However, even if a U.S. course correction would amount to little more than rolling back some of the excesses of Trump’s and Mike Pompeo’s groveling to the Saudis, it would already be a move in a right direction. That impression would be reinforced if Haines acted swiftly on her pledge to release the classified intelligence on the murder of the dissident journalist Jamal Khashoggi that might directly implicate the Saudi Crowne Prince Mohammad Bin Salman
On Iran, Biden’s team vowed to consult closely with “U.S. allies” in Israel and the Persian Gulf, address Iran’s “destabilizing activities” in the region, and seek a “longer and stronger” agreement constraining Iran’s nuclear program.
While this may sound hawkish, the new administration appears to be moving towards re-establishing communication lines with Tehran, particularly seeing that Biden appointed many Obama veterans who negotiated the JCPOA, like Wendy Sherman, William Burns ,and Jake Sullivan, to senior positions in the Biden administration. Biden’s appointment of Robert Malley, the current head of the International Crisis Group, as a special envoy on Iran also demonstrates that the incoming administration is focused on diplomacy.
Admittedly, there are myriad of obstacles to renewed dialogue with Tehran — namely opposition from hawkish voices in Washington, Tel-Aviv, and Riyadh — as well as the rising skepticism in Tehran itself as it moves closer to its own presidential elections later this year. However, it looks like the Biden administration is determined to try a diplomatic path with Iran. The rescission of the “Muslim ban” that disproportionately affected the Iranians on the first day of Biden’s presidency has already improved the atmospherics.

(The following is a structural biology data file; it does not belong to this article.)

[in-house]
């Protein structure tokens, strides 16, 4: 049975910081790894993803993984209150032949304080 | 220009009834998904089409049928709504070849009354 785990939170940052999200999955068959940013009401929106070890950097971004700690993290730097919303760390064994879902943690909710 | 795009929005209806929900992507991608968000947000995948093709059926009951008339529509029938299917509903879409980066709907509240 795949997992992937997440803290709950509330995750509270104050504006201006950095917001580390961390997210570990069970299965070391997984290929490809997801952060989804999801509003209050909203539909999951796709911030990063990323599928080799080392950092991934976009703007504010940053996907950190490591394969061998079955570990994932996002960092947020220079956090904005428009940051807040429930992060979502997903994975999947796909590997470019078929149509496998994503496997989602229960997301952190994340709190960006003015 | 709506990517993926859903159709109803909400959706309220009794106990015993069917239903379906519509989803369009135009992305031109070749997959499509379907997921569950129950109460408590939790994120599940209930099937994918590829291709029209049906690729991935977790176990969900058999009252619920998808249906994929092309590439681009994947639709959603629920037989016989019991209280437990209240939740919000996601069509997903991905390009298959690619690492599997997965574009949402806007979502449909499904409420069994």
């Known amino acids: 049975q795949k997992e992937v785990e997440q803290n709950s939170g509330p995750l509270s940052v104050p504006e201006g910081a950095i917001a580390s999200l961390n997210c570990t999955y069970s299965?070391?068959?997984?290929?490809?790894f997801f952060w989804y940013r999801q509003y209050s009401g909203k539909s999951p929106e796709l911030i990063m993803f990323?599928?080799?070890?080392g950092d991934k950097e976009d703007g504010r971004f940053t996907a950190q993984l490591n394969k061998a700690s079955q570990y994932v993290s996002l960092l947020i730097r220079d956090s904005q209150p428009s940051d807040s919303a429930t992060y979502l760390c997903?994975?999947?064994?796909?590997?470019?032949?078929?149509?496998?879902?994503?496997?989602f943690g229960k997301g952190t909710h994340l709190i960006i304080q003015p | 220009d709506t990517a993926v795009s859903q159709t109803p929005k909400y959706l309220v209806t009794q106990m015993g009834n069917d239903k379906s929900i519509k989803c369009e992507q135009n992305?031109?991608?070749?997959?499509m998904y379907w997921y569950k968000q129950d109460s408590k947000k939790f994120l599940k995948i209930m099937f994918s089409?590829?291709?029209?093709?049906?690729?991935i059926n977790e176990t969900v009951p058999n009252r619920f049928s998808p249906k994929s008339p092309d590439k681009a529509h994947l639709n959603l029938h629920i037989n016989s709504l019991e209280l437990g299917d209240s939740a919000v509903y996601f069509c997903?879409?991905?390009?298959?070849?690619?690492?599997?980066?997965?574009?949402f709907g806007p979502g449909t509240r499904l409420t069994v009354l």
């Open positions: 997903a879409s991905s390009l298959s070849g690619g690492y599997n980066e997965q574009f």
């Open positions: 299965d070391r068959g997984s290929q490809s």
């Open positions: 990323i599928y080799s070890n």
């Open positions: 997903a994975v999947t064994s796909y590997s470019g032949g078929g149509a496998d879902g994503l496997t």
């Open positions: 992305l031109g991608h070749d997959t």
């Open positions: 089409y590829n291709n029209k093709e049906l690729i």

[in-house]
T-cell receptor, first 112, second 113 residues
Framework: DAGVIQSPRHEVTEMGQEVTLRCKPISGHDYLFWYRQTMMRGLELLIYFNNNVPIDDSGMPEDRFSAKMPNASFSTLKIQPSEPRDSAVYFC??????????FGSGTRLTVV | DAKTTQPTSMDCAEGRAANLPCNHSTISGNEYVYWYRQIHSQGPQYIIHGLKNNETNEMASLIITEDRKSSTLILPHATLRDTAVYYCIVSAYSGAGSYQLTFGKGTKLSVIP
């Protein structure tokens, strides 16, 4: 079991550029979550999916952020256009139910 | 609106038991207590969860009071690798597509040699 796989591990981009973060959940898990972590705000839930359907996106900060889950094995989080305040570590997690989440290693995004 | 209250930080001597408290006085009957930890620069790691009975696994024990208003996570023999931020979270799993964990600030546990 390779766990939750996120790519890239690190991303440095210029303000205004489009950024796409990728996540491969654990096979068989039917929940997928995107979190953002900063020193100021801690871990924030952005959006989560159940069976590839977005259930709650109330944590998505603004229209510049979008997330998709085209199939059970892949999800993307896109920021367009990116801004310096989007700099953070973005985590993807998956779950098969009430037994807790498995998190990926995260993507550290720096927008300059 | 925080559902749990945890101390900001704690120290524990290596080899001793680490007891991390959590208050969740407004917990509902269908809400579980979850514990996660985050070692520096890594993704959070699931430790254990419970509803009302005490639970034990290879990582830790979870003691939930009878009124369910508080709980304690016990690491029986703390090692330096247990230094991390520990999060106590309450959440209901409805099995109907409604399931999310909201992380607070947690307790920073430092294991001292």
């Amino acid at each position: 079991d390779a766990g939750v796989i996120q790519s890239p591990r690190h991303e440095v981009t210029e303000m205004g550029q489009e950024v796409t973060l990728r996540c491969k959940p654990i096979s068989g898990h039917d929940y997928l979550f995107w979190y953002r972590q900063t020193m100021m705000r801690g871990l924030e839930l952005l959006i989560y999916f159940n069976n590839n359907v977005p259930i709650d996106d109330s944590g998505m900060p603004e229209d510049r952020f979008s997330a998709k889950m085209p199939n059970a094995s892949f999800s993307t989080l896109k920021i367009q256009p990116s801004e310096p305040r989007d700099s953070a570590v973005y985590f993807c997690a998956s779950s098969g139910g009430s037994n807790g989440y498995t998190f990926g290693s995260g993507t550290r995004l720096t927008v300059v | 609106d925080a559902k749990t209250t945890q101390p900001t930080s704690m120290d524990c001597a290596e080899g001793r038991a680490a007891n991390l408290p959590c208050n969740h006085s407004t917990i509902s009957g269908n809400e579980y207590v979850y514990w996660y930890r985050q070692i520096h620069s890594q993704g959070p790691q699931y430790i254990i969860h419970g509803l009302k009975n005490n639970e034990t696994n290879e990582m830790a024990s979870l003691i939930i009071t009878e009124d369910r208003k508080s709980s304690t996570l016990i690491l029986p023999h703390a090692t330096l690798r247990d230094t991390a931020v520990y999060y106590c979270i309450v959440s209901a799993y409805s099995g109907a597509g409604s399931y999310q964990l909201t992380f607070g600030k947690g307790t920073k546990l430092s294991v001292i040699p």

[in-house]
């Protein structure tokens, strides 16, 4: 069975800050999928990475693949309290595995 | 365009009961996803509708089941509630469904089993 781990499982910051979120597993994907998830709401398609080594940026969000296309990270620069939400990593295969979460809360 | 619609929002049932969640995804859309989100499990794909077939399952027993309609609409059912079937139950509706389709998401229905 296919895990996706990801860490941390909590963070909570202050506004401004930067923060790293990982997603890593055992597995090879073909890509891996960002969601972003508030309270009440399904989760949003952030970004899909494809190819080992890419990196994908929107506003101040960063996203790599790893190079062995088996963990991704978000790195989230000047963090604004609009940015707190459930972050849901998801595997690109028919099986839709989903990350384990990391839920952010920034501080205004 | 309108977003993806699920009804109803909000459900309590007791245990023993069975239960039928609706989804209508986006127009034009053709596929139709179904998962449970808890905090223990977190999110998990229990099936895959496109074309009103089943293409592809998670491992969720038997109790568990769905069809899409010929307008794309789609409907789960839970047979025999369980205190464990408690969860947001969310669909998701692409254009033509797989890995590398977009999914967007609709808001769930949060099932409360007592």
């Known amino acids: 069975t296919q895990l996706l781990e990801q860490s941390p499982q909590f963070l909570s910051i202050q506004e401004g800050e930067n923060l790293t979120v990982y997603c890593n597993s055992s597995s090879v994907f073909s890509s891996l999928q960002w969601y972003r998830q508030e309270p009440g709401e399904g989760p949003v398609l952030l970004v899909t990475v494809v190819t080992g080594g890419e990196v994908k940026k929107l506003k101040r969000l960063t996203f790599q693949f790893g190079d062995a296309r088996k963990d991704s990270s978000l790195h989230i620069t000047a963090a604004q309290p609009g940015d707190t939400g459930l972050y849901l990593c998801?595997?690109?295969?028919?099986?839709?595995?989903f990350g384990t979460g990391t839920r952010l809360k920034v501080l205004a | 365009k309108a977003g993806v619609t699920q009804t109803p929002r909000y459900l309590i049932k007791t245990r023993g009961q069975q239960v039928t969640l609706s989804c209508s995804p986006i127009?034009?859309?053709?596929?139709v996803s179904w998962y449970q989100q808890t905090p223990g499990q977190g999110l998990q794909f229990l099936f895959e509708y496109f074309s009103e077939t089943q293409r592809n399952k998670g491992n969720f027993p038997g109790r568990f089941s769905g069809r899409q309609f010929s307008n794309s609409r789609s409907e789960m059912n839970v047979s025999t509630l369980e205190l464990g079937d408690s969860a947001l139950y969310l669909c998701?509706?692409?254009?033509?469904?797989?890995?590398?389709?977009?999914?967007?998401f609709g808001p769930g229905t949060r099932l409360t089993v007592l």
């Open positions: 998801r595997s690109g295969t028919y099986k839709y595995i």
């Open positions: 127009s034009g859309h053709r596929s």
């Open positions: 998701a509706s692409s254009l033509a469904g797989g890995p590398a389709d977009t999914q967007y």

If changes in U.S. relations with Saudi Arabia and Iran are indeed underway, European governments should also act in the direction advised by the European Parliament. On the JCPOA, they mostly already do. On Saudi Arabia and UAE, however, some powerful EU member states, like France, privilege their own narrow security and trade interests that lead to the bourgeoning arms exports that fuel the war in Yemen and overall regional instability.
There is a risk that if Washington finds a way to talk to Tehran, some European countries might be tempted to assert their own relevance by complicating such talks. That would be a repetition of what happened during the Obama years. On nuclear talks leading to the JCPOA, France was admittingly more hawkish.
France and Britain also tried to capitalize on the Gulf monarchies’ sense of abandonment by Obama’s diplomacy with Iran. That led them to increase their arms sales to Saudi Arabia, Qatar, and the UAE and align with them closely on a more interventionist policy towards Syria than the U.S. was ready to adopt. Repeating such moves, either for short-term opportunistic reasons, or misguided interpretation of the “strategic autonomy,” would be detrimental both to the regional security and transatlantic ties.
Instead, both United States and its European allies must make it clear to the Middle Eastern actors that none of them can count on their unconditional support. Cultivating some countries as eternal allies and ostracizing others as permanent pariahs serves neither U.S. nor EU interests and values.
A more restrained approach is more likely to incentivize the regional antagonists to reach out mutually than external backing of some of them at the expense of others. If the United States and EU can agree on such an approach, it would also have an added value of bridging transatlantic differences, which is what both sides profess to seek under the Biden’s presidency. The European Parliament provided a useful example of balanced approach that the governments would be well-advised to follow.
This article reflects the personal views of the author and not necessarily the opinions of the S&D Group and the European Parliament